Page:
Defendant in CourtThis is the next post in my series on the handling of bad check cases in Phoenix and elsewhere throughout our state. My last post discussed the affirmative defenses available to an Arizona resident who has been charged with passing a bad check. It is important to understand that it is up to the defendant to prove the existence of an affirmative defense and that an attorney should be retained for assistance. In this article I will address another important point – the possibility of resolving one’s bad check case through a plea agreement. I cannot stress enough that one should not simply plead guilty to resolve their case. Criminal defense is not a “do it yourself” project and a lawyer should be retained immediately.

There are many instances in which a resident of Phoenix, Maricopa County, or elsewhere in Arizona will be charged with passing a bad check without an affirmative defense. In such circumstances, however, the prosecutor’s main goal is often to resolve the matter in a way which ensures funds to the payee of the check. It is not uncommon to resolve such matters through a plea agreement. Under such an agreement the defendant may enter a plea of guilty with adjudication being deferred. This means the Court does not immediately enter the conviction into the official record. The defendant will then be placed on informal probation and will be ordered to make restitution payments to the payee. If the defendant successfully completes probation and makes their restitution payments then the case will often be dismissed. This allows the defendant to get on with their life without having a permanent criminal record.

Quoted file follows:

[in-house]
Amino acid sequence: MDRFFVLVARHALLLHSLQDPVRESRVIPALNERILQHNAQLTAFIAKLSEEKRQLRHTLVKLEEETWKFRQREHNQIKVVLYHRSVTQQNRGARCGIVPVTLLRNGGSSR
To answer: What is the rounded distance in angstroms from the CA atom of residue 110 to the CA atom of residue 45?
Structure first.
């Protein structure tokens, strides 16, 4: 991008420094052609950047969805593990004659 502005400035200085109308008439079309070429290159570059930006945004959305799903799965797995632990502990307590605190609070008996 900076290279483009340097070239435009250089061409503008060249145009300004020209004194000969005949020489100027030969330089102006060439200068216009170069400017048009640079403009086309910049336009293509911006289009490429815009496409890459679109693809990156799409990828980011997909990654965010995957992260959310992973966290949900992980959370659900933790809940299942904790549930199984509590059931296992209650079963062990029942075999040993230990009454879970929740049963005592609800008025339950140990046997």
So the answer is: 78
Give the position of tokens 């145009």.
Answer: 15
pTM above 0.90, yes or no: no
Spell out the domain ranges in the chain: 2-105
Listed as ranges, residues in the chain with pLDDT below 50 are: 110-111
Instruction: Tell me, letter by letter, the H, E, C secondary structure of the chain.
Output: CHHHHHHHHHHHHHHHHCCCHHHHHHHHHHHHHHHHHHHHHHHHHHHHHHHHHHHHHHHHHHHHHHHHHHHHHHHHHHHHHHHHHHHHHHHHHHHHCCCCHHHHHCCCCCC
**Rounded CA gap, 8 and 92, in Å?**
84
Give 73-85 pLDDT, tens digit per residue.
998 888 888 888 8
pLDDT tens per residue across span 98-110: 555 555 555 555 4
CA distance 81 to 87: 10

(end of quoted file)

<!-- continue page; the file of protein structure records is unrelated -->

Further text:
It is important to understand that entering into a plea agreement, like the one described above, is not a “free pass.” If one fails to make their restitution payments, or gets into additional trouble while on probation, then the Court may find them guilty of passing a bad check and impose the underlying sentence. The Court will also require that restitution be paid, which means that the defendant will still owe the amount of the check. I cannot stress enough that one should enter into a plea agreement which they are sure they can complete. This means that the plea agreement must include the amount of time the defendant will realistically need to make restitution payments.

As a Phoenix bad check lawyer I assist those in our area facing such situations. If you have been charged with passing an insufficient funds check, and are considering accepting a plea agreement, then contact my office today to speak with an attorney. I also handle cases in cities such as Mesa, Glendale, Scottsdale, Chandler, Gilbert, and throughout Maricopa County. I also assist Pima County residents in Tucson and others throughout the state.